Home Tabernacle News Pinelands Library future uncertain

Pinelands Library future uncertain

The tug of war between Medford Township and Burlington County over the Pinelands Library continues following a letter sent to the township from Freeholder Leah Arter, threatening to withhold shared services.

As an extension of the Burlington County Library System, the Pinelands Branch Library serves the towns of Medford, Shamong, Tabernacle, Southampton and Woodland.

“After review of Medford’s proposed revisions to the branch agreement for the Pinelands Library, I have arrived at the inescapable conclusion that your governing body, led by Councilmen Pace and Buoni, must be diametrically opposed to shared services programs in Burlington County, and most notably, the Burlington County Library System,” Arter said in the letter.

The programs threatening to be refused include emergency dispatch, emergency management, solid waste disposal and recycling, aggregate purchasing, pooled financing, community development, green energy grants and audits, recreation grants, farmland preservation and the animal shelter. Additionally, Arter is threatening to exclude Main and Church streets, both county roads, as part of a $7.1 million county repavement project.

“My initial reaction is that it seems like Leah Arter is offended that Medford taxpayers expect value in their tax dollars,” Deputy Mayor Chris Buoni said.

The county and Medford have been working to reach an agreement to cover $30,000 in repair and maintenance costs on the building, a detail Arter has agreed to in the most recent letter.

Additionally, Arter asked for the township’s cooperation with renovation to revamp and upgrade the interior or the facility.
Arter’s issues with the township stem from Medford’s unwillingness to begin an overhaul of the facilities, which include reconfiguring the inside of the building to accommodate new standards. The upgrades would include three new, distinctive areas as well, including a resource area for children, a “cyber café” and an adult reading room, according to a previous letter sent by Arter.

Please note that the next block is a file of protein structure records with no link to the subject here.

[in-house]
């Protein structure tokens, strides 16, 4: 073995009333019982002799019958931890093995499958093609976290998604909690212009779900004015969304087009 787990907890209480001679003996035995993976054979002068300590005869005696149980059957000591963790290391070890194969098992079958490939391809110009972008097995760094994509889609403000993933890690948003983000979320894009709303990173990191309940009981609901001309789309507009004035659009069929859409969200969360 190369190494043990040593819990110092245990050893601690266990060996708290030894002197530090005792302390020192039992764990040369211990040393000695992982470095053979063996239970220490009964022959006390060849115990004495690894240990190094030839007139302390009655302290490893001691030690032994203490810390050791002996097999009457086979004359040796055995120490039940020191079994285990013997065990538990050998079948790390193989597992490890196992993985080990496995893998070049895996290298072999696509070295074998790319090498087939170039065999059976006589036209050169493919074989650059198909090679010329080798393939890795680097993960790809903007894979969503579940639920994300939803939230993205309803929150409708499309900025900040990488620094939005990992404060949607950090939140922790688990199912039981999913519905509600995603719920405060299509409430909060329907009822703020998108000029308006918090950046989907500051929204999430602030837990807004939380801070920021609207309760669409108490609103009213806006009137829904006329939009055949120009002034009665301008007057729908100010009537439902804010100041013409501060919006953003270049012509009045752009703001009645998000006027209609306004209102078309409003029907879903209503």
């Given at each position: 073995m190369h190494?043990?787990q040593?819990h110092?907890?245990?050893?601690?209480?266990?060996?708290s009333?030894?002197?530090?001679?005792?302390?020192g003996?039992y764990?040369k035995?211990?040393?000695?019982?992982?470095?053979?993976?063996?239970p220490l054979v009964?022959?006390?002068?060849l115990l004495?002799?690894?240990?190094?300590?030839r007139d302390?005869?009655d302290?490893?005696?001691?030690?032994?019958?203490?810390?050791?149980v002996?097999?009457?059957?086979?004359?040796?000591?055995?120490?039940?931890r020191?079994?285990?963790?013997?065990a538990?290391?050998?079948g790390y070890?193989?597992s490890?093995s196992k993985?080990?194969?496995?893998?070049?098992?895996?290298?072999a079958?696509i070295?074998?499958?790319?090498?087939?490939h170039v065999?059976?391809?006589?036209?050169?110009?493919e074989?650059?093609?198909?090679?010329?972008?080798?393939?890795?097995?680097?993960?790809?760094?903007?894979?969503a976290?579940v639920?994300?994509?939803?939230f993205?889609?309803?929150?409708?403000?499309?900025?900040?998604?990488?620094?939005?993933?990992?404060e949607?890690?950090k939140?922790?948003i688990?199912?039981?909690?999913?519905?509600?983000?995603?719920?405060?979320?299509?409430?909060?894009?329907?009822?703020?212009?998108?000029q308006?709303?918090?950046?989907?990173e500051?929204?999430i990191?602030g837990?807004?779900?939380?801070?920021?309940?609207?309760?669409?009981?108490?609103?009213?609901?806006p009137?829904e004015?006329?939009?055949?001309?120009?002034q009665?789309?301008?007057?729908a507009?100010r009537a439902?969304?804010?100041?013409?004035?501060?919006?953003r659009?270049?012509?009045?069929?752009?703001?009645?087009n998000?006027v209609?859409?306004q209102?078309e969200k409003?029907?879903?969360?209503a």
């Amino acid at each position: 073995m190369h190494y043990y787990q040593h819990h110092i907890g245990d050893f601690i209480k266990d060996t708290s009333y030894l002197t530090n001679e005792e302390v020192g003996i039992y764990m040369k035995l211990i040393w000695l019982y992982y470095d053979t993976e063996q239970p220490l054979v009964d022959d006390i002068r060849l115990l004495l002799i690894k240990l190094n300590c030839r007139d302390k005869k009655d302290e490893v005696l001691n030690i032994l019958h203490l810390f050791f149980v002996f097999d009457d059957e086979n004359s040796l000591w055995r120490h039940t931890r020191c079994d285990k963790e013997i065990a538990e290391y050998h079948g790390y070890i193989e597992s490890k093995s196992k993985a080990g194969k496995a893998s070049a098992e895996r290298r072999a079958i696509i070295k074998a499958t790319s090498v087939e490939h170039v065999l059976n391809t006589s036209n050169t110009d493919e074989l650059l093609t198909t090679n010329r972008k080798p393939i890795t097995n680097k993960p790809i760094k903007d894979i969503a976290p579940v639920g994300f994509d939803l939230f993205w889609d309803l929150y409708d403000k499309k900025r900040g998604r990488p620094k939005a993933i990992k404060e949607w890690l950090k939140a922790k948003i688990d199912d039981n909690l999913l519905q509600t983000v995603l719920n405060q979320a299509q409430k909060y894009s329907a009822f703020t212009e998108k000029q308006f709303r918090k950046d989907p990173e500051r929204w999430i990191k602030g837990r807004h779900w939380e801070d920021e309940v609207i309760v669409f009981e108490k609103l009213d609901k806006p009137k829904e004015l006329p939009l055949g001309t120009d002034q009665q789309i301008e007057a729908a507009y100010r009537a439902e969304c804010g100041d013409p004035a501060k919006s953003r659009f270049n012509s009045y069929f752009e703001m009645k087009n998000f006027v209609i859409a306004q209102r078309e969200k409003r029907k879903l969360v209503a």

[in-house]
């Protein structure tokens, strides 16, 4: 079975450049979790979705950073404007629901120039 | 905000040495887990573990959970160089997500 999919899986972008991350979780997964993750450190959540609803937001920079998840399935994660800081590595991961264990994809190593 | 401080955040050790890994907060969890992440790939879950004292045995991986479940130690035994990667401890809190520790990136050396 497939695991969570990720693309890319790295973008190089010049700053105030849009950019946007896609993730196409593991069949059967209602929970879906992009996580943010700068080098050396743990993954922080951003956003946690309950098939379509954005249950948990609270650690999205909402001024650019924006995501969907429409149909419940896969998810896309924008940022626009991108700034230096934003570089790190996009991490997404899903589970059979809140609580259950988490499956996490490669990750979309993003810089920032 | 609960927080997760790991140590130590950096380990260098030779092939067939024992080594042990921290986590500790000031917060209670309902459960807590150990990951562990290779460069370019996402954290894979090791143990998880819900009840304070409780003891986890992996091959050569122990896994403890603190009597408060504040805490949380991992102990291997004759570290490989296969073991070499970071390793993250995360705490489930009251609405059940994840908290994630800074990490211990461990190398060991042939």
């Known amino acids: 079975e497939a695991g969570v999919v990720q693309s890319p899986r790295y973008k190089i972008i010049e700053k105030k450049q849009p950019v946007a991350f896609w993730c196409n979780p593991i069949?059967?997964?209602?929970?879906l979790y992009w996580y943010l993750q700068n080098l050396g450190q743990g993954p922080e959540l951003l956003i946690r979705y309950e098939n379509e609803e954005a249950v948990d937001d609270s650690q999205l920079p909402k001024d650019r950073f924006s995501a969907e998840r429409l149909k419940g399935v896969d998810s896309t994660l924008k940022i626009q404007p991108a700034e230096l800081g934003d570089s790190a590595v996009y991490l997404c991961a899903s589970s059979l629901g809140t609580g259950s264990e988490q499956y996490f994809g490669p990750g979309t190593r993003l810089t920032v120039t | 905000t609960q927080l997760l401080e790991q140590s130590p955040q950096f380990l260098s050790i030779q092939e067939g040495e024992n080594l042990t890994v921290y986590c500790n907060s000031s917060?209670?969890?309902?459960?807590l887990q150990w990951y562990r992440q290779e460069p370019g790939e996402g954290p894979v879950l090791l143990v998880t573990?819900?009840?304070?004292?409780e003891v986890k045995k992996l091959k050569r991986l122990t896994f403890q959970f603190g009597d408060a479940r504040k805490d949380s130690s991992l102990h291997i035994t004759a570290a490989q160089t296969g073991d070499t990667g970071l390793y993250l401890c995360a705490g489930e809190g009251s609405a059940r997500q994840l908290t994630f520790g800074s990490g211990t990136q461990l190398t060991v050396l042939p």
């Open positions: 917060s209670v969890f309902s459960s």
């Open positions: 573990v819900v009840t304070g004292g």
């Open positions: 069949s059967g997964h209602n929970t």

According to the letter, an addendum to the agreement from Medford places responsibility of the building on the county.
“I cannot, in good faith, recommend to the commission that it execute your amended agreement, which would end Medford’s shared service responsibility and place the total burden for paying for the Pineland’s Branch on county library taxpayers, most of whom do not have the luxury of having a branch in their own hometown. Simply stated, I will not recommend that the Library Association raise property taxes on residents of other towns to upgrade the library building that Medford owns,” Arter said in the letter.

“How is that right? Where’s the benefit to taxpayers? She thinks taxes are collected so politicians can spend it and tell everyone how great they are,” Buoni said. “The money should be spent exactly what it is meant for.”

According to Councilman James “Randy” Pace, the township owns the building and pays for the utilities of the facility, despite its status as part of the Burlington County Library System.

Libraries in the system are the financial responsibility of the county, he said.